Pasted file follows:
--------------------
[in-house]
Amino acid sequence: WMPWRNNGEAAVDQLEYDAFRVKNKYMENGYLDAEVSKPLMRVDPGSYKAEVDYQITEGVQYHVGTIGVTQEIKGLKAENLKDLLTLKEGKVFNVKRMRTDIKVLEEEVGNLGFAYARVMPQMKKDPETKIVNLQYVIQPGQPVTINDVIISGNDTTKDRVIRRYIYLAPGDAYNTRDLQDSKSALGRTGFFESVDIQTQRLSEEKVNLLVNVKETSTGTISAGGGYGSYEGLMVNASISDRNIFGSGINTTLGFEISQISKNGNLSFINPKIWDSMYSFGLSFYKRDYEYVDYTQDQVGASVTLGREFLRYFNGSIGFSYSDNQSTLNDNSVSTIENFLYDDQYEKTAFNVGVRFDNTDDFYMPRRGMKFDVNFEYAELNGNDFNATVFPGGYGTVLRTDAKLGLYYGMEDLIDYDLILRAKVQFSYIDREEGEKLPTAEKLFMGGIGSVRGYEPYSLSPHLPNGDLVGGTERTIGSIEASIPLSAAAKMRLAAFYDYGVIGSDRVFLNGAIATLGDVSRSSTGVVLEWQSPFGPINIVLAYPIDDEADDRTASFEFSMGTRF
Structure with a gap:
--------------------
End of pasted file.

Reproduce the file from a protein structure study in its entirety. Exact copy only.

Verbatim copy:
[in-house]
Amino acid sequence: WMPWRNNGEAAVDQLEYDAFRVKNKYMENGYLDAEVSKPLMRVDPGSYKAEVDYQITEGVQYHVGTIGVTQEIKGLKAENLKDLLTLKEGKVFNVKRMRTDIKVLEEEVGNLGFAYARVMPQMKKDPETKIVNLQYVIQPGQPVTINDVIISGNDTTKDRVIRRYIYLAPGDAYNTRDLQDSKSALGRTGFFESVDIQTQRLSEEKVNLLVNVKETSTGTISAGGGYGSYEGLMVNASISDRNIFGSGINTTLGFEISQISKNGNLSFINPKIWDSMYSFGLSFYKRDYEYVDYTQDQVGASVTLGREFLRYFNGSIGFSYSDNQSTLNDNSVSTIENFLYDDQYEKTAFNVGVRFDNTDDFYMPRRGMKFDVNFEYAELNGNDFNATVFPGGYGTVLRTDAKLGLYYGMEDLIDYDLILRAKVQFSYIDREEGEKLPTAEKLFMGGIGSVRGYEPYSLSPHLPNGDLVGGTERTIGSIEASIPLSAAAKMRLAAFYDYGVIGSDRVFLNGAIATLGDVSRSSTGVVLEWQSPFGPINIVLAYPIDDEADDRTASFEFSMGTRF
Structure with a gap: